CWF biologist Kelly Triece to visit Honduras to observe Golden-winged Warblers in their Wintering Habitat
by Kelly Triece, Private Lands Biologist
Golden-winged Warbler. Photo by D. Kenny Golden.
CWF is headed down to Central America to see one of New Jersey’s native songbirds! This time of year the Golden-winged Warbler (GWWA) is in Central and South America. The GWWA is Neotropical Migrant songbird that breeds in New Jersey, but migrates south for the winter. This songbird is a species of special conservation concern in the U.S. and endangered in New Jersey, experiencing population declines due to loss of young forest habitat.
Conserve Wildlife Foundation biologist Kelly Triece will be traveling to Honduras next week to observe the GWWA in its wintering habitat. While she is there, she will be learning more about the wintering habitat requirements of the Golden-winged Warbler as well as the current threats and challenges facing the species in this part of the world.
Young forest habitat managed for Golden-winged Warbler. Photo by Kelly Triece.
The management of early successional habitat, or young forest habitat, is important in New Jersey because it provides breeding habitat and post-fledging habitat for the Golden-winged Warbler. In the past 30 years, over 11,000 acres of upland shrub and emergent wetland habitat have been lost to succession in New Jersey.
Today, 80% of New Jersey forests are between 60-99 years old, while only 5% of the forests are between 0-19 years old. In a naturally occurring system, where fire, wind, flooding and other disturbances are not controlled by humans, this age class would be more evenly distributed. Through management and proper forestry techniques, more diversity can be created to balance the age of the forest.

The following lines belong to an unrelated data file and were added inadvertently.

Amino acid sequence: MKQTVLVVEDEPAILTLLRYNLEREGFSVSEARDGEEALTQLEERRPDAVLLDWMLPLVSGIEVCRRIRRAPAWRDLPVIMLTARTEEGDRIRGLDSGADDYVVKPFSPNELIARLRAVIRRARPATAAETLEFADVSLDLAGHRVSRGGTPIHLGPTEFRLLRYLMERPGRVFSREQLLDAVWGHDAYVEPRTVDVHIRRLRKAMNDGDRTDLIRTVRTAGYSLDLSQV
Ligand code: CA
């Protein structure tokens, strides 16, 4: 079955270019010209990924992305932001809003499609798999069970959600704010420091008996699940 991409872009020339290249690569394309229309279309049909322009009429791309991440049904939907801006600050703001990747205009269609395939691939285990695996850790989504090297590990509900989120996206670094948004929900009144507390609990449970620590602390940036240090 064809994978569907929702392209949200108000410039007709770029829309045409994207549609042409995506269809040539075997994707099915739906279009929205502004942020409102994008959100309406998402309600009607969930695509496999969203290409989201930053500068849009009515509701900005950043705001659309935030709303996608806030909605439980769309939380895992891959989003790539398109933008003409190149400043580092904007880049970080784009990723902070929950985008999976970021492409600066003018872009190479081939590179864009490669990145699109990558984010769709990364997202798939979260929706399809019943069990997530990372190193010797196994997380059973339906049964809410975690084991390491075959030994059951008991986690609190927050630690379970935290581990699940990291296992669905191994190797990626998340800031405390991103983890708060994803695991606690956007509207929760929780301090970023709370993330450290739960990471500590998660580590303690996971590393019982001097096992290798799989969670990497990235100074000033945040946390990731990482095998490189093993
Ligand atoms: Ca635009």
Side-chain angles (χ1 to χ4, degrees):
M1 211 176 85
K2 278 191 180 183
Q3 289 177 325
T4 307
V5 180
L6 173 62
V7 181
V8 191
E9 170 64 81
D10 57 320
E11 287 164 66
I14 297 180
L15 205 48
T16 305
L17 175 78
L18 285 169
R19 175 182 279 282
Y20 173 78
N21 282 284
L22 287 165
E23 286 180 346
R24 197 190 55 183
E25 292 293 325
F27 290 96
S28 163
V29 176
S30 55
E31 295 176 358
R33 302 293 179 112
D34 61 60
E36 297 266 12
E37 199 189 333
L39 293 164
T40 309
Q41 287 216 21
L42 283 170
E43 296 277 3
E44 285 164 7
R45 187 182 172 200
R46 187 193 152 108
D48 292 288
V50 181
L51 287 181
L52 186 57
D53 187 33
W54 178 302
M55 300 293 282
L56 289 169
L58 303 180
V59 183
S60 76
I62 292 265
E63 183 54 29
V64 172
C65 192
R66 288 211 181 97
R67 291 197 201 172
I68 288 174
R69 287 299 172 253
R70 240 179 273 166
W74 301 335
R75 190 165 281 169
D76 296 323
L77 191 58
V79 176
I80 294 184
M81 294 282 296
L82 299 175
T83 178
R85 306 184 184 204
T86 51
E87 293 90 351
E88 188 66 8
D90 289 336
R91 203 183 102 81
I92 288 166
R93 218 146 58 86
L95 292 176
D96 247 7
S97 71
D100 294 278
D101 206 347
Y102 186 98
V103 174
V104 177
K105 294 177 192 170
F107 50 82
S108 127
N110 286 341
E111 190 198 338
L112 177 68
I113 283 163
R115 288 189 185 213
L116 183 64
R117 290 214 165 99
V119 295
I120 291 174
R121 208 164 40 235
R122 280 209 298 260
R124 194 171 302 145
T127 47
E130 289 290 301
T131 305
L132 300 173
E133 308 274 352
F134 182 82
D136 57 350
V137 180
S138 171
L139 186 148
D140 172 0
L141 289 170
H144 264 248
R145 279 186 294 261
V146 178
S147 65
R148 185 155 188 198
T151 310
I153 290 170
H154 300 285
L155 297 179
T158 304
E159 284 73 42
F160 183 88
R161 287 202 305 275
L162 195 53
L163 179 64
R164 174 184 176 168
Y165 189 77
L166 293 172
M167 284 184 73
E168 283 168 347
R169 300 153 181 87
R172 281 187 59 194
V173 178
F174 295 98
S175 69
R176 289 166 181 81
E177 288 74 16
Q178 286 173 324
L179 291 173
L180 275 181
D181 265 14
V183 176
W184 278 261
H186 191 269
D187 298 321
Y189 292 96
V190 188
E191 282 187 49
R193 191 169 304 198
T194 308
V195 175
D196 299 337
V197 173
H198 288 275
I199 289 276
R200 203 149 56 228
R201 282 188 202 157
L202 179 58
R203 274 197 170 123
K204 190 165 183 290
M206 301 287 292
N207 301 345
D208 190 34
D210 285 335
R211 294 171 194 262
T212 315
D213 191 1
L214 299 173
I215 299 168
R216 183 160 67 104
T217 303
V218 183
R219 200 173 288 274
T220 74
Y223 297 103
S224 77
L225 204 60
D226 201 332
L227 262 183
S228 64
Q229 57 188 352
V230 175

The Golden-winged Warbler is not the only scrub-shrub dependent bird species considered to be at-risk. About 85% of shrub obligate birds and 35% of forest birds are on the decline in North America. Some of the declining species are Prairie Warbler, Field Sparrow, Northern Bobwhite and American Woodcock. Additionally, woodland breeding birds are also at risk because many rely on young forest habitat for post-fledging. Therefore, the management of young forest habitat is not only specific to the Golden-winged Warbler, it is also important for many other avian species. Furthermore, other wildlife such as insects, reptiles and mammals will benefit from increased flowering plants and foraging habitat.
CWF and our partners — Natural Resources Conservation Service, New Jersey Division of Fish and Wildlife and New Jersey Audubon Society — have worked with private landowners to create or restore over 225 acres of Golden-winged Warbler habitat since 2012 in New Jersey. Our managed forests have a statistically significant higher diversity of birds than unmanaged sites!
Stay tuned for Photos from the Field next week as Kelly travels to Central America!
Kelly Triece is the Private Lands Biologist for Conserve Wildlife Foundation of New Jersey.